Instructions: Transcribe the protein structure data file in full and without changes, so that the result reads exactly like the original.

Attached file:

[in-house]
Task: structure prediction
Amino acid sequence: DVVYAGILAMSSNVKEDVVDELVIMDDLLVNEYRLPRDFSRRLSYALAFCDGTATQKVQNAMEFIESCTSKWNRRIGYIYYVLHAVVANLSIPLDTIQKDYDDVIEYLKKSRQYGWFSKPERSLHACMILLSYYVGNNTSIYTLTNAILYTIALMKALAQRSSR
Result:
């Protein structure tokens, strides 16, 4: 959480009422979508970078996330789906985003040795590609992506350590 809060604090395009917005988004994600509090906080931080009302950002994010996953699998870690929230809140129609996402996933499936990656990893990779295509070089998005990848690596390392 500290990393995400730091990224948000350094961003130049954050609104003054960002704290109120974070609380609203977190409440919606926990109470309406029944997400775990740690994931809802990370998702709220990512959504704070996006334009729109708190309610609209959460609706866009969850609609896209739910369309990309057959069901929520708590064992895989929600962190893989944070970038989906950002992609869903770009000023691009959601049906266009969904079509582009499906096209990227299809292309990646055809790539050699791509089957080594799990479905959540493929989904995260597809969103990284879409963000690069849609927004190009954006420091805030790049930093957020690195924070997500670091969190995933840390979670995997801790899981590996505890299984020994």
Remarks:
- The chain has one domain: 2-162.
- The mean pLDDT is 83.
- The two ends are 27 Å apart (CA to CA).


[in-house]
Task: structure prediction
Amino acid sequence: DVVYAGILAMSSNVKEDVVDELVIMDDLLVNEYRLPRDFSRRLSYALAFCDGTATQKVQNAMEFIESCTSKWNRRIGYIYYVLHAVVANLSIPLDTIQKDYDDVIEYLKKSRQYGWFSKPERSLHACMILLSYYVGNNTSIYTLTNAILYTIALMKALAQRSSR
Result:
């Protein structure tokens, strides 16, 4: 959480009422979508970078996330789906985003040795590609992506350590 809060604090395009917005988004994600509090906080931080009302950002994010996953699998870690929230809140129609996402996933499936990656990893990779295509070089998005990848690596390392 500290990393995400730091990224948000350094961003130049954050609104003054960002704290109120974070609380609203977190409440919606926990109470309406029944997400775990740690994931809802990370998702709220990512959504704070996006334009729109708190309610609209959460609706866009969850609609896209739910369309990309057959069901929520708590064992895989929600962190893989944070970038989906950002992609869903770009000023691009959601049906266009969904079509582009499906096209990227299809292309990646055809790539050699791509089957080594799990479905959540493929989904995260597809969103990284879409963000690069849609927004190009954006420091805030790049930093957020690195924070997500670091969190995933840390979670995997801790899981590996505890299984020994």
Remarks:
- The chain has one domain: 2-162.
- The mean pLDDT is 83.
- The two ends are 27 Å apart (CA to CA).